How much more competitive would our businesses be, if we could harness the skills of staff members around the world to work on projects?
What if we could use staff in different time zones to rush work out to clients faster than our competitors?
Collaboration is getting easier; Skype for Business, Webex. We can meet up virtually to talk. We can send emails, chat, work collaboratively on Word or Excel documents - but real-world applications that businesses rely on do not necessarily lend themselves to a collaborative work place environment.
Applications can have huge data files. Moving them between branches or overseas is time-consuming and if the data is copied and moved then version control also becomes an issue. Our clients see this with applications such as AutoCAD, Revet, SVSlope, and Vulcan.
Fortunately there is a better way.
Three recent advances in technology enable staff round the world to work using these sorts of graphics-intensive applications. They all build on the well-established thin client technology that has been around for 20 years: where people see just a copy of a virtual screen at their desktop, with a virtual PC running in the central server farm.
The advances are:
1. Servers run virtual desktops faster due to new hyperconverged architecture.
Nutanix NX-1450 showing 4 nodes each 2 x CPU 256GB in 2RU.
Scaling up the number of simultaneous clients that can run in the virtual desktop infrastructure has been limited by disk access speeds and, for graphics-intensive applications, the graphics processing speeds available to each virtual session. Hyperconverged architectures like Nutanix overcome these problems by adding processing/storage/GPU nodes using a distributed, fault-tolerant design.
Each node contains locally attached SSD’s so that each virtual desktop session basically sees disks speeds similar to a normal desktop with SSD drives. Hyperconverged architectures do not see the bottlenecks of the SAN fabric and controllers which can limit IOPS and the scale-up of VDI sessions. Further information on Nutanix can be viewed in the video below.
Similarly with graphics processing requirements, nodes assigned to graphics-intensive applications contain cards like nVidia’s GRID K1 or K2 which enhance performance. The case study here illustrates this point.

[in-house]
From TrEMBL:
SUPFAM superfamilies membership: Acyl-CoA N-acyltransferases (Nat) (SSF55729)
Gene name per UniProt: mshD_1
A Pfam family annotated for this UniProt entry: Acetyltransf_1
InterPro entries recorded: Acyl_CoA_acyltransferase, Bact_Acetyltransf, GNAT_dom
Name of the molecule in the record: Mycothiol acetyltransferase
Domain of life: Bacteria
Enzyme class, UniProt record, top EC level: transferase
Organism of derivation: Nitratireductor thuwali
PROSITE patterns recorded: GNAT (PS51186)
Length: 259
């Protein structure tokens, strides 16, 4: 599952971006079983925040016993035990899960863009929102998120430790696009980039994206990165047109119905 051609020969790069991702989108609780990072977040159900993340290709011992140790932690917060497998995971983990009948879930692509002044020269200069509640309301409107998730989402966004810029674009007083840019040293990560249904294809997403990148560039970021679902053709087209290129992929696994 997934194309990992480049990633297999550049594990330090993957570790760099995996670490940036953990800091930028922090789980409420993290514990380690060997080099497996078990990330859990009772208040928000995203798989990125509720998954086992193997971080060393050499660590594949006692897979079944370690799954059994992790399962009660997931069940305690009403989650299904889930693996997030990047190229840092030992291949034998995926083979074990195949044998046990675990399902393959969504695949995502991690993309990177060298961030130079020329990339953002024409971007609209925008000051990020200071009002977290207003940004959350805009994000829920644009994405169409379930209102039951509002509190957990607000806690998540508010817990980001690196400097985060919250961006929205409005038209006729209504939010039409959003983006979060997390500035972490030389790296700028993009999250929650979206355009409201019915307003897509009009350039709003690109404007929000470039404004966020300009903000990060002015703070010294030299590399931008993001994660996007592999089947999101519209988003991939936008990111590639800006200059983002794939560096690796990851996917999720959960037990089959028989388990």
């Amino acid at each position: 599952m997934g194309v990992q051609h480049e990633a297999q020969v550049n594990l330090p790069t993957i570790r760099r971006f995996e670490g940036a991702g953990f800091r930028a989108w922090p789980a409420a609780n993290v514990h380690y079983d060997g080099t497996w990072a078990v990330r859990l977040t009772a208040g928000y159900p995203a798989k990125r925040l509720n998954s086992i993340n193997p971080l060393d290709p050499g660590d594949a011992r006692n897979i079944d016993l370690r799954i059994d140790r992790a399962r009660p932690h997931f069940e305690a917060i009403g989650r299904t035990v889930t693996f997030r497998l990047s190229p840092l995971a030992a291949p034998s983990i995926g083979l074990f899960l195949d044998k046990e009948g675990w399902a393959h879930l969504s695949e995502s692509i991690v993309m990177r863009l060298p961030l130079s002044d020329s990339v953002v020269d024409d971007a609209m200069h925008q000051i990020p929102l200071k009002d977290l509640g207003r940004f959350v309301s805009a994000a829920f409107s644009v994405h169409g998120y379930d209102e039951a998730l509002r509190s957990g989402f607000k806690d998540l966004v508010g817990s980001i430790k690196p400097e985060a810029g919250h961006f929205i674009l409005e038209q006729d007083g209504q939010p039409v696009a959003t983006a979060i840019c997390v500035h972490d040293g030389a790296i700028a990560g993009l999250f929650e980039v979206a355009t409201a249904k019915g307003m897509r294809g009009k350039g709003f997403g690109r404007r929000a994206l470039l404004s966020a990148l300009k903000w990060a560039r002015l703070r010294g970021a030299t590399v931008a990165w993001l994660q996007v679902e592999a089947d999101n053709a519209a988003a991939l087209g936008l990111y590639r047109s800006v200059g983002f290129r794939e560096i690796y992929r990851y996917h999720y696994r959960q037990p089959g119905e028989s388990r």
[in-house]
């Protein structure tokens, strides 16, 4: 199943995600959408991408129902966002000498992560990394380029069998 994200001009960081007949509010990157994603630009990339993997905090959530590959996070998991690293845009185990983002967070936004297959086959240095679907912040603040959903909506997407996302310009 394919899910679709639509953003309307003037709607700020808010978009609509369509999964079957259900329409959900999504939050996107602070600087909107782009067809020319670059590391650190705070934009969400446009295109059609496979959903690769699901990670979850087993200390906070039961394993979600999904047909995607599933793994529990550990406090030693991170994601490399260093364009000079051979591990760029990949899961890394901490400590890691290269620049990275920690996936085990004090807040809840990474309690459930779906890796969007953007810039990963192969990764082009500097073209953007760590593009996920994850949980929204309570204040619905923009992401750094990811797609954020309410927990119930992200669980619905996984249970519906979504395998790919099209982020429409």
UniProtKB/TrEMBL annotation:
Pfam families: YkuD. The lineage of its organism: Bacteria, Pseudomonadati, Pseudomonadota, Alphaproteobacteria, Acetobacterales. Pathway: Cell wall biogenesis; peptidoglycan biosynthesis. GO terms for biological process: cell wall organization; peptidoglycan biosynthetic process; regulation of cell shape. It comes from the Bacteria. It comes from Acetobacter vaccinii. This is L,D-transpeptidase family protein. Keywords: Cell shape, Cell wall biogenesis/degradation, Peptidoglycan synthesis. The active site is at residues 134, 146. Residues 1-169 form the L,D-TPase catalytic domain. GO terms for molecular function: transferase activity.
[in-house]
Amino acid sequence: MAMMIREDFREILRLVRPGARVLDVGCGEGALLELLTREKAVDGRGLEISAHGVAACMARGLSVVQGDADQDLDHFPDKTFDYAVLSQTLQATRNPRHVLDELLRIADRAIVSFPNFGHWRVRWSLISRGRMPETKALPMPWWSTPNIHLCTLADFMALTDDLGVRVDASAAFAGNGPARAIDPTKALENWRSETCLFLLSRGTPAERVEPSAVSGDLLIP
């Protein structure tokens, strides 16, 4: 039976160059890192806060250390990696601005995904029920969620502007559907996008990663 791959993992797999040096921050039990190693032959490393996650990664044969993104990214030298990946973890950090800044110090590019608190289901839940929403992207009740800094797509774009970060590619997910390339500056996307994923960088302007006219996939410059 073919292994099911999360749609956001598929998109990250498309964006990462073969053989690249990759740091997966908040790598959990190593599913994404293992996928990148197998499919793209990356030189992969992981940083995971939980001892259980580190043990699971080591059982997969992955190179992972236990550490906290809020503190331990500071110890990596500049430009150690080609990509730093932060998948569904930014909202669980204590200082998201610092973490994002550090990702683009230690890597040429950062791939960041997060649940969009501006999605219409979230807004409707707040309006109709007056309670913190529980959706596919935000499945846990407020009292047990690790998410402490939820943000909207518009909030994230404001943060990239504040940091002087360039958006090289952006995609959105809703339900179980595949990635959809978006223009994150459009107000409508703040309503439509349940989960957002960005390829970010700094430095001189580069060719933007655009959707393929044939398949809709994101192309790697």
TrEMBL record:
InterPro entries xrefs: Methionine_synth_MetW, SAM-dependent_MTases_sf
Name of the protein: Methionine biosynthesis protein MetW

2. Better protocols are available for transmitting graphics intensive screen images over the Internet.
In the beginning there was just Citrix’s ICA protocol, which was not suitable for graphics intensive sessions, but Citrix and VMware have since developed their graphics-optimised protocols HDX and PC over IP respectively. PCoIP was developed jointly by VMware and Teradici. Both transport the virtual desktop screen copy, and keyboard/mouse/audio, over the LAN or WAN and both are regarded as providing a similar user experience.
PCoIP has one significant advantage over Citrix however; the price of the PCoIP client devices. The PCoIP client is often called a zero client as it does not require an operating system (and a licence) as Citrix and Microsoft thin clients do – hence zero operating system. Citrix’s and Microsoft’s operating systems add significant cost to ICA or RDP thin clients. With the single purpose of image decompression and decoding, the PCoIP processor eliminates the need for an operating system. Teradici licences 30 manufacturers to produce zero clients:
'Anywhere, anytime'. The key point of remote access to all applications in business is that contributors and consumers can get access from anywhere in the world. Internet bandwidth is of course an important consideration.
As a rule of thumb, for more text-based applications 256kbps is required per user and 1Mbps for graphics intensive applications. Obviously, both the virtual desktop server farm and the end users must have fast Internet speeds, wherever they may be.
Fortunately speeds are increasing in Australia, both for wired Internet services such as ethernet over copper and fibre services and also wireless WAN services like the current 4G/LTE service. BES IT Systems has seen a surprising uptake in the number of businesses interested in improving their internet access and an equally surprising drop in cost and increase in speed of Internet services we are able to offer out clients. Although the NBN is not available to most businesses, it seems that its impending presence has caused better value Internet services to suddenly appear on the market and prices continue to fall.
For staff or contractors overseas, particularly in Asia where outsourcing is cost effective, speeds are also improving, as the graph below shows.
Ask yourself these questions:
- Does your business have decentralised staff you'd like to use for particular projects but their graphics-intensive applications have to either run centrally or need to be deployed remotely at great expense?
- Could you use an overseas contractor but the application you need him to use only runs locally?
- Therefore would VDI for project collaboration be useful for your company?
- Could your business offer unique skills to overseas customers but they presently cannot access your applications because they don’t run remotely?
At BES IT Systems we architect graphics-intensive VDI solutions for customers and assist them with ROI analyses. We would be happy to answer further questions you may have.
Contact John Dowd or Ingrid Taylor on 07 3340 5555 for more information.
Alternatively, drop us a web enquiry and we'll contact you.